29 May 2012
Your Future Home chats 1-on-1 with Grant Daly, Manager Indigenous Liaison, Sustainability & Training Services, Master Builders Association of NSW about sustainability.
How does the Master Builders Association of NSW define sustainability?
We take a very broad view of sustainability. In my presentations to residential builders I invite them to think about ways in which they sustain their business – human capital, tools etc. and work inwards from there. A Builder who uses Hilti power tools has learned to invest in quality and longevity. Sustainability then is micro-focussed at the outset then globally-focussed in terms of an international perspective or charter when the builders have moved to an enabling paradigm such that the message lands. Commercial Builders have been mandated by Section J of the BCA since 2010. They are all over sustainability – we meet with sustainability managers bi-monthly to support them and develop a professional think-tank for sustainability issues.
What sustainable goals are in place?
I would like to refer you to our strategic plan for sustainability and the environment:
Vision: Master Builders is acknowledged by industry as the pre-eminent skill and knowledge provider in the fields of sustainability and environmentally-sensitive work practice.
Mission: To elevate environmentally sustainable work practice as an integral aspect of excellence in the built form.
1. Provide and broker education and training opportunities for industry practitioners at all levels to raise awareness of the importance of environmentally sustainable work practices across each division and sector.
2. Organise conferences, seminars, training and education options that focus on sustainability as a viable pretext to inform all building and construction activity.
3. Encourage excellence in building and construction innovation as a function of environmentally sound and sustainable work practice.
4. Develop heightened appreciation of the ‘building envelope’ as it relates to demolition, material acquisition, resource and utility usage, and the embedded carbon footprint within all building and construction projects.
5. Foster highly evolved processes of due diligence so that practitioners are able to offer high quality sustainable solutions to meet customer building and construction needs and comprehensively address ‘cost vs. price’ considerations for the built form.
6. Facilitate cohesion among industry trades, para-professionals and professionals via education.
7. Assist in the development of knowledge and skills for sustainable work practices whether a new industry entrant or experienced practitioner.
What, if anything, is holding the Master Builders Association of NSW back from achieving sustainable goals?
Basically an enabling paradigm shift and the fusion of interested consumers with Green Living accredited Builders. We are doing this with Australian Living Pty Limited and other like-minded organisations. Builders (the residential genus) are perhaps resistant to the concept of sustainability largely because they are fearful. We look at ways to confront that fear and turn it into opportunity with the Green Living program; the outcomes achieved are nothing short of amazing because we work with Builders’ processes – the information is then absorbed into open minds.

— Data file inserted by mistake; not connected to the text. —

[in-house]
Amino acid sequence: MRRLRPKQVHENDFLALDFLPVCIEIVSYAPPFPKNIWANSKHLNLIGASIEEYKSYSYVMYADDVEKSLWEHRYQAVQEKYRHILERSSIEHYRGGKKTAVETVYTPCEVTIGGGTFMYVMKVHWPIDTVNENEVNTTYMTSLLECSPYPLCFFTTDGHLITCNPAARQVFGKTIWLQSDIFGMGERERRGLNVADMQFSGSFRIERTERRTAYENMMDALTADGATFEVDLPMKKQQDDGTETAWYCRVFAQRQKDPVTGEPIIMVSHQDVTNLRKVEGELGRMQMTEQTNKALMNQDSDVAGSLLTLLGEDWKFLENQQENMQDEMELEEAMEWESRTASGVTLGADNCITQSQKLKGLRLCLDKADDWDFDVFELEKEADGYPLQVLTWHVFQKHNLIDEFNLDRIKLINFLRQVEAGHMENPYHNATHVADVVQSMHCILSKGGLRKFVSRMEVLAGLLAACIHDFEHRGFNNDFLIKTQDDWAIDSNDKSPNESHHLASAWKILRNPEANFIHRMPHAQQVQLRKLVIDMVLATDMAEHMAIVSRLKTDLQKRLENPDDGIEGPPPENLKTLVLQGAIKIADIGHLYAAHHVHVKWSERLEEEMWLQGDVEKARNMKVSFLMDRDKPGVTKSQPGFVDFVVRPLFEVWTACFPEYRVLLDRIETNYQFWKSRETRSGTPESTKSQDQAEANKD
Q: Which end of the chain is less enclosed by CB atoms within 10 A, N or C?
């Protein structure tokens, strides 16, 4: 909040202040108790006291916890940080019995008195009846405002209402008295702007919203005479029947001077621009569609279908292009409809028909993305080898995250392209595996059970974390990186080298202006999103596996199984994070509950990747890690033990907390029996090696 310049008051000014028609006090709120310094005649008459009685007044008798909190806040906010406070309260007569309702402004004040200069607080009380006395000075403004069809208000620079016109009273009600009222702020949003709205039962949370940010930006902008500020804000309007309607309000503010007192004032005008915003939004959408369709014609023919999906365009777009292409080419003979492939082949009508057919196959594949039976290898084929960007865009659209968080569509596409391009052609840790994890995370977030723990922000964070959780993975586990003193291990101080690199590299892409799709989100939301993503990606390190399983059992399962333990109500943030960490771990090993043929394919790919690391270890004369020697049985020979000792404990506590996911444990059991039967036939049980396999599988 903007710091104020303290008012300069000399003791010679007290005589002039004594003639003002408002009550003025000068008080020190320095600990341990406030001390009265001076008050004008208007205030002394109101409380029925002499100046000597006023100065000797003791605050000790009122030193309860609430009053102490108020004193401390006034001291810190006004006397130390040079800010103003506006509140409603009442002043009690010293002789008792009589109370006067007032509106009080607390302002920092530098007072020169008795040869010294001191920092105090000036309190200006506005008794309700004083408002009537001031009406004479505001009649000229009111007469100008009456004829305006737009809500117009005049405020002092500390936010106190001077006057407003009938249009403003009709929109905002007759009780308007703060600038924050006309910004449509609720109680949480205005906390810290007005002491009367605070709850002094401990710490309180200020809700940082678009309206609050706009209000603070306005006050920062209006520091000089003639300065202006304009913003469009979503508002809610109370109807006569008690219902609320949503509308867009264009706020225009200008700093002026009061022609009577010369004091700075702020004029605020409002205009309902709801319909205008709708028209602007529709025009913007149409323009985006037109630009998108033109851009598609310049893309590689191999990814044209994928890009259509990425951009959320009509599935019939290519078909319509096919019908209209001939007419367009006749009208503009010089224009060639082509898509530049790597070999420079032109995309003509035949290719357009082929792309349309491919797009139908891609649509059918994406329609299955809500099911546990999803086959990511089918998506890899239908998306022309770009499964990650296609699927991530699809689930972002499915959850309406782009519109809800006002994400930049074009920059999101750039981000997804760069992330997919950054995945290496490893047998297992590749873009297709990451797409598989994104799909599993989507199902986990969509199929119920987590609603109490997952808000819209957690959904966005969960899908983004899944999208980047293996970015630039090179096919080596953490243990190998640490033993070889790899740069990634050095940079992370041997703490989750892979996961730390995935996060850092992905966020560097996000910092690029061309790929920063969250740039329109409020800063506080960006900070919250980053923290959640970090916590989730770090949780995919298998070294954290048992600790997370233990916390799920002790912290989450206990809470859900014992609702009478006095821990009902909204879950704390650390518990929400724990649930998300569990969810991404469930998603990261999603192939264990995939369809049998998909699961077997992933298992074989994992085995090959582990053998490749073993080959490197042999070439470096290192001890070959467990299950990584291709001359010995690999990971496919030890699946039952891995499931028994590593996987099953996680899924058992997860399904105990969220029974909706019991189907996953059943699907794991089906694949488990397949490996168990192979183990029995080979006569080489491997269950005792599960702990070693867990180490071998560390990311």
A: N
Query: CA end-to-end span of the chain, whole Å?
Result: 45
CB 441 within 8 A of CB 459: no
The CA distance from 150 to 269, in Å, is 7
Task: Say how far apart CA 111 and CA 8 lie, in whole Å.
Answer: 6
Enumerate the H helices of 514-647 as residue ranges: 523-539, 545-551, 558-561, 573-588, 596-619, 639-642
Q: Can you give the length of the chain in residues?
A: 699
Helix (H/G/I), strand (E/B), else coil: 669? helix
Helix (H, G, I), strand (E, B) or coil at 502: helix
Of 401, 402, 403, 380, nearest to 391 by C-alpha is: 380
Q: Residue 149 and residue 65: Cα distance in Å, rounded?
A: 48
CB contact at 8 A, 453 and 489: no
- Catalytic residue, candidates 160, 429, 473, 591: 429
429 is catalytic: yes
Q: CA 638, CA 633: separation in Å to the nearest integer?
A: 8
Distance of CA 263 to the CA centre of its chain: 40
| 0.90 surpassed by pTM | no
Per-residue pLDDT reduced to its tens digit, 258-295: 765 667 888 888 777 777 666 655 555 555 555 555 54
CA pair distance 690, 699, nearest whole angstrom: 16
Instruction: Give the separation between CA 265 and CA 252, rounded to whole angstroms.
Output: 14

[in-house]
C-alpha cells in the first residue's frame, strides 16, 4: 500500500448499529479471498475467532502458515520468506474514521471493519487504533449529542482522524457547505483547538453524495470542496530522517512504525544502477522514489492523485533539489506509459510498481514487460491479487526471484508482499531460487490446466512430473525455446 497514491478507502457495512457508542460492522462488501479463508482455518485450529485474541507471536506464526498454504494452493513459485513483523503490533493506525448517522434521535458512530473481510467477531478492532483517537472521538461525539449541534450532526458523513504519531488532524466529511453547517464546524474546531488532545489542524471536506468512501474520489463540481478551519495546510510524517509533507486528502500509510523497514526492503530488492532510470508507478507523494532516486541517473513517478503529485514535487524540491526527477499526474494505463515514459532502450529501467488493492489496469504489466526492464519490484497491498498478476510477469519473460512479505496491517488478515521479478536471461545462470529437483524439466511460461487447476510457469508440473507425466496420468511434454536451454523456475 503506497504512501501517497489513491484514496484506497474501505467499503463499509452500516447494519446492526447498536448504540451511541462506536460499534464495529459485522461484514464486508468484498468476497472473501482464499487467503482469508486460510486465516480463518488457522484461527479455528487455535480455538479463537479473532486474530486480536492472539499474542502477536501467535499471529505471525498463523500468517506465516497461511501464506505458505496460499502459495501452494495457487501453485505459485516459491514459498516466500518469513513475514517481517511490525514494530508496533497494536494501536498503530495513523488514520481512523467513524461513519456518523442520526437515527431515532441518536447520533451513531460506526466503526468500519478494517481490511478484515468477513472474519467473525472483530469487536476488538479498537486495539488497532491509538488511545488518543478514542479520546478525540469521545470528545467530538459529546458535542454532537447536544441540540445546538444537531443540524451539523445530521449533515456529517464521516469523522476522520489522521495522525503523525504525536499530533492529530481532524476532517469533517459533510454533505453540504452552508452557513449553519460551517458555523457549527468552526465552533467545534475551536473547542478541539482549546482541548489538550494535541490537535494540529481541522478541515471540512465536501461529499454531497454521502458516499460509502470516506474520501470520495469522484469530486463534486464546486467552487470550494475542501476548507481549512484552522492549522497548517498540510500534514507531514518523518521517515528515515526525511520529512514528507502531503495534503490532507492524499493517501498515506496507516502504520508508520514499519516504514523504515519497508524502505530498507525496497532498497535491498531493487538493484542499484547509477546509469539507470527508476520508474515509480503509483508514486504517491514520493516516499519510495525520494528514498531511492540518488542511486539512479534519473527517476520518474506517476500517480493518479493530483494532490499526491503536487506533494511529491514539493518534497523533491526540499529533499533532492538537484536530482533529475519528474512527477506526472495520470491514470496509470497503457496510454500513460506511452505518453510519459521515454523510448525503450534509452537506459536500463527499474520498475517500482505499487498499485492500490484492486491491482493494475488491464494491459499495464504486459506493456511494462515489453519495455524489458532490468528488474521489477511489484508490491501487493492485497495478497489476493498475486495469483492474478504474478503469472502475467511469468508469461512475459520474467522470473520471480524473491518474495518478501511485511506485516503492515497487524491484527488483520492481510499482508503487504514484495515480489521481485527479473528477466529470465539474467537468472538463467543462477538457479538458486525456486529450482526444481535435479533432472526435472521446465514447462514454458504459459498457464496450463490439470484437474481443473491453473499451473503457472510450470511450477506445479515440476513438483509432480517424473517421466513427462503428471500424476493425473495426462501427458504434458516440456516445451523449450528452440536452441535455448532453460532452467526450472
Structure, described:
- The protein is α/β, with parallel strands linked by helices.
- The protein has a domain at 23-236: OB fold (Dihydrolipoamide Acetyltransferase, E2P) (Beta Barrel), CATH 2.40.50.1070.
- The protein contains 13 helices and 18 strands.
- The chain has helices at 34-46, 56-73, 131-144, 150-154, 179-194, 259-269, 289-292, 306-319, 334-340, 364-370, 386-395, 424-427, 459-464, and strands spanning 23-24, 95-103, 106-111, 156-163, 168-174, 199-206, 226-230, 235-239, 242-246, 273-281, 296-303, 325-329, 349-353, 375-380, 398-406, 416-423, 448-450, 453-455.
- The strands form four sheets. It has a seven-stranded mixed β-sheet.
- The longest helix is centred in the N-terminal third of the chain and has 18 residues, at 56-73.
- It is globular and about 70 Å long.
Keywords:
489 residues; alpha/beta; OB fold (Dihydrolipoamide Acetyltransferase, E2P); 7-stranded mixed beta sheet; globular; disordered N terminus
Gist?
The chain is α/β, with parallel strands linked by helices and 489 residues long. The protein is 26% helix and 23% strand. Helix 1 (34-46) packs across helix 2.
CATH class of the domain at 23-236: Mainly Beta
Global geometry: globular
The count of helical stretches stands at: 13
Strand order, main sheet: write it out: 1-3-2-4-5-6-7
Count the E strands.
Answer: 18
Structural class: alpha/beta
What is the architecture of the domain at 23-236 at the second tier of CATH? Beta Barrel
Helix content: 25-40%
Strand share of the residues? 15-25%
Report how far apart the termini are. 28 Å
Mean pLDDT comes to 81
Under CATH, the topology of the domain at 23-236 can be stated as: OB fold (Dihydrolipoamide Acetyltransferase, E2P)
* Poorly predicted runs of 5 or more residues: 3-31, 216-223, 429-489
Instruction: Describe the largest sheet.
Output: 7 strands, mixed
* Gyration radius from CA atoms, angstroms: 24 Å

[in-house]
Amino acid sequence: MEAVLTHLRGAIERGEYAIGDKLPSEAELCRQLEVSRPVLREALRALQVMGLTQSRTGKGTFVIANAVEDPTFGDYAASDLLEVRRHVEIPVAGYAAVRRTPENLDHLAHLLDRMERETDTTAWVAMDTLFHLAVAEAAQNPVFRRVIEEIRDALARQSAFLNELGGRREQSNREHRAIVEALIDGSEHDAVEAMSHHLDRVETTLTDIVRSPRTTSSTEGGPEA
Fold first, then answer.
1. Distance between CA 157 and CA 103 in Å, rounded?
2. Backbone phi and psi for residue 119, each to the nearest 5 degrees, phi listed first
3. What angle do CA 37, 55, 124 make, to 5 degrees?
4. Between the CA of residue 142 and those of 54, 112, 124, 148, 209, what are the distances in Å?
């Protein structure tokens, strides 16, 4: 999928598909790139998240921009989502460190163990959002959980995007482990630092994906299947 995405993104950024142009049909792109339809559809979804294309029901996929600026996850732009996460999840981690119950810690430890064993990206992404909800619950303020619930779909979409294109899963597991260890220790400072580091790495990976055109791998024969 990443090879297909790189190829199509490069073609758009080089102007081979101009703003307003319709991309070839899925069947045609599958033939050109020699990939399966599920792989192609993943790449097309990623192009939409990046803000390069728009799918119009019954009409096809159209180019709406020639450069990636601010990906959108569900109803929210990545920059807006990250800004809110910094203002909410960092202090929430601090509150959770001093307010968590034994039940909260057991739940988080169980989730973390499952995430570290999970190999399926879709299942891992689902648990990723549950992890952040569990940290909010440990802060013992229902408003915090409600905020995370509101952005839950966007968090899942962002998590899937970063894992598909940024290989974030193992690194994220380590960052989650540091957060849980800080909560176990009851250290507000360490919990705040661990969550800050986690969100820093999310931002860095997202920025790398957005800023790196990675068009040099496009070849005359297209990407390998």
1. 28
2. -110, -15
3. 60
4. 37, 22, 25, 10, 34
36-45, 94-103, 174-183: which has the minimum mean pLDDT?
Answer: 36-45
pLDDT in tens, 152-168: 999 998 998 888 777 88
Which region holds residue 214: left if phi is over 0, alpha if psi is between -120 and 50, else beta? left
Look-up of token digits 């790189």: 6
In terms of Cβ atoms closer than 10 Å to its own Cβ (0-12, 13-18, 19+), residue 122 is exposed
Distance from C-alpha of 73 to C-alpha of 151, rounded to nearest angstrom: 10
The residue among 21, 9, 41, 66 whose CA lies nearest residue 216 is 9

What does the Master Builders Association of NSW see as barriers to entry into sustainability for the industry and the community?
Only attitudes really; that is strategise-able. It is also the elephant in the room and the most obfuscating attitude is indifference. This has been a function of popularised ‘tabloid’ press coverage, political brink-person-ship on carbon tax issues, and the polarisation of climate change thinking so that people don’t know what to think anymore. Who are the experts? Well, you can’t really resolve that question over a few beers at the local. It requires independent and fearless enquiry by people to find out for themselves. “They say….” is a pretty shallow analysis; actually – who are ‘they’?
What initiatives are in place for Master Builders Association Green Living builders to go beyond current energy efficiency regulations and use sustainable building materials?
Well there is an Android and iPhone app called ‘Builders Tribe’ produced by one of the Green Living program graduates which details where to go to buy sustainable materials. We are shortly going to run seminars for consumers and Green Living program graduates to add to what they already know. It is a moving feast predicated around the CoAG Mandatory Disclosure requirements, building efficiencies and a thorough ‘due diligence’ process for both sides of the sustainability equation.
What percentage of Master Builders Association Green Living builders are building 7+ stars and using sustainable building materials?
I would say the percentage is quite high going into the program and twice as high going out! Not everyone is building new homes however – more than 45% of our builders are doing renovations as a staple diet. The enthusiasm for high-level EERs however post-Green Living program is palpable!